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10,000-year-old skeleton sheds light on how humans reached the Americas

A 30-year-old woman who died at least 9,900 years ago in Mexico has reshaped the understanding of how humans moved to the Americas. 

The woman was found in an underwater cave known as Chan Hol near the Mexican city of Tulum when she was found by two divers. 

Her skull was smashed but experts are unsure if this is the cause of death. 

But the shape of her skull is very different to other humans who are known to have lived in the region at this time, shortly after the end of the last ice age. 

Experts believe this is proof not all ancient people in the Americas entered the region as a singular population, as the traditional theory dictates. 

Instead, it points to a radical new idea that at least two two physically different groups reached the American continent from different geographical points of origin.

   

Analysis of the remains suggests there may have been multiple groups of early American settlers.

According to the researchers, the skeleton, named Chan Hol 3, belonged a 30-year-old Paleoindian woman. 

She was buried in the cave but it only became flooded around 2,000 years after she died due to rising sea levels. 

Paleoindians were the first peoples to arrive, and subsequently inhabit, the Americas. 

The woman’s remains were recovered by Mexican divers Vicente Fito and Iván Hernández and is the tenth skeleton to be found in the underwater cave system. 

Not all of the ten skeletons were complete, but they were well preserved and his allowed for comprehensive analysis. 

The scientists published their research in the journal Plos One and it revealed Chan Hol 3 had a round head with broad cheekbones and a flat forehead.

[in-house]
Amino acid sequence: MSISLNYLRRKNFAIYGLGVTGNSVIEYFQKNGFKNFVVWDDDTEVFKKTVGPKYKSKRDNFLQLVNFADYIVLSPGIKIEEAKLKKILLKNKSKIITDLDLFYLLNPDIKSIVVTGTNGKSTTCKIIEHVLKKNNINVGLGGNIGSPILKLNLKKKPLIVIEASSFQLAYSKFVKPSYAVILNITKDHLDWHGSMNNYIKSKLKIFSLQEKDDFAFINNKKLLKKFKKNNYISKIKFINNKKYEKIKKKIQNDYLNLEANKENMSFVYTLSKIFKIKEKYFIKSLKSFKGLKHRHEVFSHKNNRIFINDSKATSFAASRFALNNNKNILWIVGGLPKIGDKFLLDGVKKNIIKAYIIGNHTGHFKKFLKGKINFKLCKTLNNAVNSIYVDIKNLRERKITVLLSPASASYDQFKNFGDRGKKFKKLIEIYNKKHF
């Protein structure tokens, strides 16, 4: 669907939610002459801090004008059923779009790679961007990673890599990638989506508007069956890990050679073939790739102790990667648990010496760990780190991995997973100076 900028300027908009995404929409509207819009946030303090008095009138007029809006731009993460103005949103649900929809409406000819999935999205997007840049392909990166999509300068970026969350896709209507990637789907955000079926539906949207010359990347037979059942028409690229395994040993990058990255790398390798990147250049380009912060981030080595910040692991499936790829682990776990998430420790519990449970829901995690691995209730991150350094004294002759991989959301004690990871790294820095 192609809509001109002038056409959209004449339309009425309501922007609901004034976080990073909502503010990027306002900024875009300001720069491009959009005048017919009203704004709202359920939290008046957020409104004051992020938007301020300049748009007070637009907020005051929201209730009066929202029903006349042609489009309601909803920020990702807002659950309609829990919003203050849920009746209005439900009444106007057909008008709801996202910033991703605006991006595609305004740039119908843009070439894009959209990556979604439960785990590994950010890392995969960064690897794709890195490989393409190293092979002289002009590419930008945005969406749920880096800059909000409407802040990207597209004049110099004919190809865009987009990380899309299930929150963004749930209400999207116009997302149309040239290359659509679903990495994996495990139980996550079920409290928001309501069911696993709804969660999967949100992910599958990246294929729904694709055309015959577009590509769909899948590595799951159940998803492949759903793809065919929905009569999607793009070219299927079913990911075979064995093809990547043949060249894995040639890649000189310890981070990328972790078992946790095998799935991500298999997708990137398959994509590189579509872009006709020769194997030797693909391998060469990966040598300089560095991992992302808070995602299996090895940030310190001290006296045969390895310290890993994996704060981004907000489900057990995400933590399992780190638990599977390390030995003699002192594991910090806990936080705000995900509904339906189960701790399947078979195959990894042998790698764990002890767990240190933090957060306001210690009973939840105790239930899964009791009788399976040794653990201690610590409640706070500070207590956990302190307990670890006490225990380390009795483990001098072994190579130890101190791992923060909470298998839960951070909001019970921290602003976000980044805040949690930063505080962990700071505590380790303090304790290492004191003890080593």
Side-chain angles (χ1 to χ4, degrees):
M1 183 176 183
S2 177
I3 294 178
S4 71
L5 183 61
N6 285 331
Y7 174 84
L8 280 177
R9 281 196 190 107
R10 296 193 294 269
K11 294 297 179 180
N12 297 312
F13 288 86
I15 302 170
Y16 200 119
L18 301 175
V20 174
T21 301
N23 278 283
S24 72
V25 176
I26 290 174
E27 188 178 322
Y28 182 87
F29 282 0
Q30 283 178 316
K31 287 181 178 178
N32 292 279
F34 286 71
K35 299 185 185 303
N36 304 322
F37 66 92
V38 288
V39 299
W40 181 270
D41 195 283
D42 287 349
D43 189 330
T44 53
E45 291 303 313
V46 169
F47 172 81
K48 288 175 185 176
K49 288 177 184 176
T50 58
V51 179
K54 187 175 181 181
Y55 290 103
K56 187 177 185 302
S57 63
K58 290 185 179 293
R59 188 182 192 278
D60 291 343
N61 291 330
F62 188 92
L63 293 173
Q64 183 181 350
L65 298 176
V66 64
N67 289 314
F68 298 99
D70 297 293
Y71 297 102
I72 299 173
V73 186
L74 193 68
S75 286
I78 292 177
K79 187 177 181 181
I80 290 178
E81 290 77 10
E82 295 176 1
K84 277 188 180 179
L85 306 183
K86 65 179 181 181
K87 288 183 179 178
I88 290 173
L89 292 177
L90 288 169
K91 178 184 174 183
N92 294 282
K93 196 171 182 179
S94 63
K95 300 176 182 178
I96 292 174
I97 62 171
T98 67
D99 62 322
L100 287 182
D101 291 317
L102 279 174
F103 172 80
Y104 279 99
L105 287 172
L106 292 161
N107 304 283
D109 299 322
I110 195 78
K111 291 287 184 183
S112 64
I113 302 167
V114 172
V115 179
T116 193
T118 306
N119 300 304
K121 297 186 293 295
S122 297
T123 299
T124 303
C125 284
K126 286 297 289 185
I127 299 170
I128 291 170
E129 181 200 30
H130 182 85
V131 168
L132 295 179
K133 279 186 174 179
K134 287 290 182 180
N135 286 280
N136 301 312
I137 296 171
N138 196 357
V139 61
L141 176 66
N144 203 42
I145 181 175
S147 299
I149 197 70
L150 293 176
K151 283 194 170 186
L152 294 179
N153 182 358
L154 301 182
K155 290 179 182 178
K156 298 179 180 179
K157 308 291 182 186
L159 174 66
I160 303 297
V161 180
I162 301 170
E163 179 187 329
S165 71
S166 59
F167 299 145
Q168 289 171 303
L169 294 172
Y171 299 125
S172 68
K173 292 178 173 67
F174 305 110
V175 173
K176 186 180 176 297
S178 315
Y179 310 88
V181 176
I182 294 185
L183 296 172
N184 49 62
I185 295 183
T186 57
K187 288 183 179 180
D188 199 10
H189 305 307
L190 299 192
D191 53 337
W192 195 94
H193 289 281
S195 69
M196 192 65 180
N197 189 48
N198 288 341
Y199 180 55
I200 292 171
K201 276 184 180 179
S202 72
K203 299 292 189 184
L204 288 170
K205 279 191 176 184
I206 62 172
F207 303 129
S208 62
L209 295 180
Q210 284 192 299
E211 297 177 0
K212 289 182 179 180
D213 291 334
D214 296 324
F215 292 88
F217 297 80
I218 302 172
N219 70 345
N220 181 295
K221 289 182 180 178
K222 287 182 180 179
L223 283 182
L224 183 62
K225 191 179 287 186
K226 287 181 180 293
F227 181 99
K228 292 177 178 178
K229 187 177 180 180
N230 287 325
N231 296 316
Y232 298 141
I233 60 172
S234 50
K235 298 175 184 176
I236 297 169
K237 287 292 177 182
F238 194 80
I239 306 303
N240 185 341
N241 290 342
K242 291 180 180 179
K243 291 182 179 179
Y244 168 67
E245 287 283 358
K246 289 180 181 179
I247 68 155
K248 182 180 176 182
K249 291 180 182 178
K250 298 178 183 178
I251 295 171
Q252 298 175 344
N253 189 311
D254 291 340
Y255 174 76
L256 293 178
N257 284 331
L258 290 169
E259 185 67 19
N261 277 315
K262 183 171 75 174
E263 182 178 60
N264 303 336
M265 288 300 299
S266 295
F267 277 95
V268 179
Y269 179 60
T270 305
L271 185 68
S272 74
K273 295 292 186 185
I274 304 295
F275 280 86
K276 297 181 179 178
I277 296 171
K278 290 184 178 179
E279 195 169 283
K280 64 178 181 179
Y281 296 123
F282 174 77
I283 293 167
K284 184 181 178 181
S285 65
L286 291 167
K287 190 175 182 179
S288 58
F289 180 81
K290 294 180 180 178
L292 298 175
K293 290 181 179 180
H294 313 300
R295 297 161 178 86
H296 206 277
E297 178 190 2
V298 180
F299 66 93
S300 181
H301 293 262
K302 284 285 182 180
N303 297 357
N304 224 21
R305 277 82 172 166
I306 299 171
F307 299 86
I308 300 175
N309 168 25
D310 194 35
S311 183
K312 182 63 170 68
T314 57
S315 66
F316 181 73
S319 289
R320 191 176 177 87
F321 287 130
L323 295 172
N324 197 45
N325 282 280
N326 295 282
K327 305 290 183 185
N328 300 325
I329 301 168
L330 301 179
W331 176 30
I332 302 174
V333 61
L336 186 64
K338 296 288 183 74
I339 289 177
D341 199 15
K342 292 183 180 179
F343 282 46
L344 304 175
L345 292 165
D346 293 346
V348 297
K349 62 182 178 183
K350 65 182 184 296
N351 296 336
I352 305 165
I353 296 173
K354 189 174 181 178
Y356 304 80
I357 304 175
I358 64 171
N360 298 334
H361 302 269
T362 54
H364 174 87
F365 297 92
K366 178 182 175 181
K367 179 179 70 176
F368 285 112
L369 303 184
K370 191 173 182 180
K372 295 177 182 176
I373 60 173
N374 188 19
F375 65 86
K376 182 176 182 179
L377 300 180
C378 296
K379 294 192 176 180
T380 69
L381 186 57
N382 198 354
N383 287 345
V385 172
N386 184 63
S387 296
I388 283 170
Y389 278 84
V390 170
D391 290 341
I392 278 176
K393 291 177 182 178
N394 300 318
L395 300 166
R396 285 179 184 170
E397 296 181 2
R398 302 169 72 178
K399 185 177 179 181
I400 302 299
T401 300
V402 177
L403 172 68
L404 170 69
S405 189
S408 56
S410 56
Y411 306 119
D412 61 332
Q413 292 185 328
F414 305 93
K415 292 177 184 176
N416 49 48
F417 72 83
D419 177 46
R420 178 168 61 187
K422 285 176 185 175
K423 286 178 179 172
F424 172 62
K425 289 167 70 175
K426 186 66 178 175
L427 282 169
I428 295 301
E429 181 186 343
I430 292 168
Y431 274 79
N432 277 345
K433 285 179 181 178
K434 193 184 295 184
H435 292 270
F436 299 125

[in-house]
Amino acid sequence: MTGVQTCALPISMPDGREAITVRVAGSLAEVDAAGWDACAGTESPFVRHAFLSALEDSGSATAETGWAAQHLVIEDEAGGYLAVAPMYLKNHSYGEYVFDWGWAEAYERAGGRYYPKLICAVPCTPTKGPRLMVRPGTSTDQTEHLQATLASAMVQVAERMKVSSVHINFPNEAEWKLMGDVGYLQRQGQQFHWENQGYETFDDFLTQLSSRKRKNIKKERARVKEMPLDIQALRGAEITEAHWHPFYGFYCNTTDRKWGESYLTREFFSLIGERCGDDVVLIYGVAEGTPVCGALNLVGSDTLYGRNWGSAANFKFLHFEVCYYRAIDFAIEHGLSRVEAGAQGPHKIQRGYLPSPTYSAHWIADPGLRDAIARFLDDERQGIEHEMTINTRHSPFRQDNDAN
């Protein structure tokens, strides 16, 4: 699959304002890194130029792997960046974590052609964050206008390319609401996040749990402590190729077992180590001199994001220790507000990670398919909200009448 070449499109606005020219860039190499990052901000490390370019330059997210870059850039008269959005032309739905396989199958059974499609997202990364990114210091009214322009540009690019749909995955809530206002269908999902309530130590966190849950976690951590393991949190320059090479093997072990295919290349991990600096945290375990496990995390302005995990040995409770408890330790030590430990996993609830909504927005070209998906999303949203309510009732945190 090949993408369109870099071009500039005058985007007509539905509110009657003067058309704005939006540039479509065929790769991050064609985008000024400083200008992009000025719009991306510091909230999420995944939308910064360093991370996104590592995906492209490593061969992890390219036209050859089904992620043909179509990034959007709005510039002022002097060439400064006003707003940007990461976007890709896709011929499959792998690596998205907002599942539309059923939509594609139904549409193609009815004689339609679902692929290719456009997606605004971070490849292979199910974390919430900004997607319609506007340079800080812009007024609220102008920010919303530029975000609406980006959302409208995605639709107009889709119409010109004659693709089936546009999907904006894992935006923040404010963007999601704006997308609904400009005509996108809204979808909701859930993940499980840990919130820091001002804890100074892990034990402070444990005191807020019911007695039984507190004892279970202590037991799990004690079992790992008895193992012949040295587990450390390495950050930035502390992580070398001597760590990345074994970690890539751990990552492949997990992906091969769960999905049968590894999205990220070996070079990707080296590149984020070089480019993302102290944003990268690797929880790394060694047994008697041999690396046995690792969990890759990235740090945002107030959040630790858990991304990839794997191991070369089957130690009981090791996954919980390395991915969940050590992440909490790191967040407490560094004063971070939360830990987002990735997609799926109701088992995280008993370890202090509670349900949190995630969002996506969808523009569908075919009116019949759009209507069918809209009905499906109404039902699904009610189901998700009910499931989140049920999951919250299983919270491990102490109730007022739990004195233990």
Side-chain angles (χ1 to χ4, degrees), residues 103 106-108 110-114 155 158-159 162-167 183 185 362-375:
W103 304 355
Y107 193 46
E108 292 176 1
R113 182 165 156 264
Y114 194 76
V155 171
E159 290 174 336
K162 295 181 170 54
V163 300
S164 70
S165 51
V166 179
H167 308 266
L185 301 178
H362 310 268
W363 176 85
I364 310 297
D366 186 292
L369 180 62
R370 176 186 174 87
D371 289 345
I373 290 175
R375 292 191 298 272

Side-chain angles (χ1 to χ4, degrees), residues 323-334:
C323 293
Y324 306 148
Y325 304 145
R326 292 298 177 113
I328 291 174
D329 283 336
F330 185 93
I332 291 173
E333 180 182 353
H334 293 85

These features are similar three other skulls also from the Tulum caves. 

However, her cranial characteristics are different to the long-headed Paleoindian skeletons found elsewhere in the region. 

Dr Silvia Gonzalez a professor of geology at Liverpool John Moores University, said: ‘The Tulum skeletons may indicate that either more than one group of humans originally reached the American continent from different geographical points of origin, or that there was sufficient time for a small group of early settlers living in isolation on the Yucatan Peninsula, to develop a different skull morphology. 

‘In either case, the early settlement history of the Americas appears to be more complicated and may date back thousands of years earlier than commonly believed, according to the new human morphology data.’  

It is believed Paleoindians —literally meaning stone-age native Americans — journeyed across an ancient land bridge connecting Asia to North America, known as Beringia, during the last Ice Age more than 12,000 years ago.

They then migrated to the Patagonian region in South America. 

The researchers say the shape and structure of the Chan Hol 3 skull is different to some of the other skeletons from a similar time period on the continent. 

This, they say, indicates the existence of at ‘least two morphologically different Paleoindian populations’. 

Dr Silvia Gonzalez a professor of geology at Liverpool John Moores University, and one of the study authors, told the PA news agency: ‘The new results are important because they question the “traditional model” for the peopling of the Americas with one single and homogeneous Paleoindian population migrating very fast from Beringia to Patagonia after 12,000 years ago. 

‘Our results indicate that at least two morphologically different Paleoindian populations were coexisting in Mexico between 12,000 to 8,000 years ago, one in Central Mexico and the other in the Yucatan Peninsula.’ 

The team, led by Professor Wolfgang Stinnesbeck from Heidelberg University, dated the skeletal remains using mineral deposits called flowstone. 

These form a lime crust which covered some finger bones. 

Uranium-Thorium dating was used to determine the age of the skeleton and found it was, at the very youngest, 9,900 years old but likely to be over 10,000 years old.   

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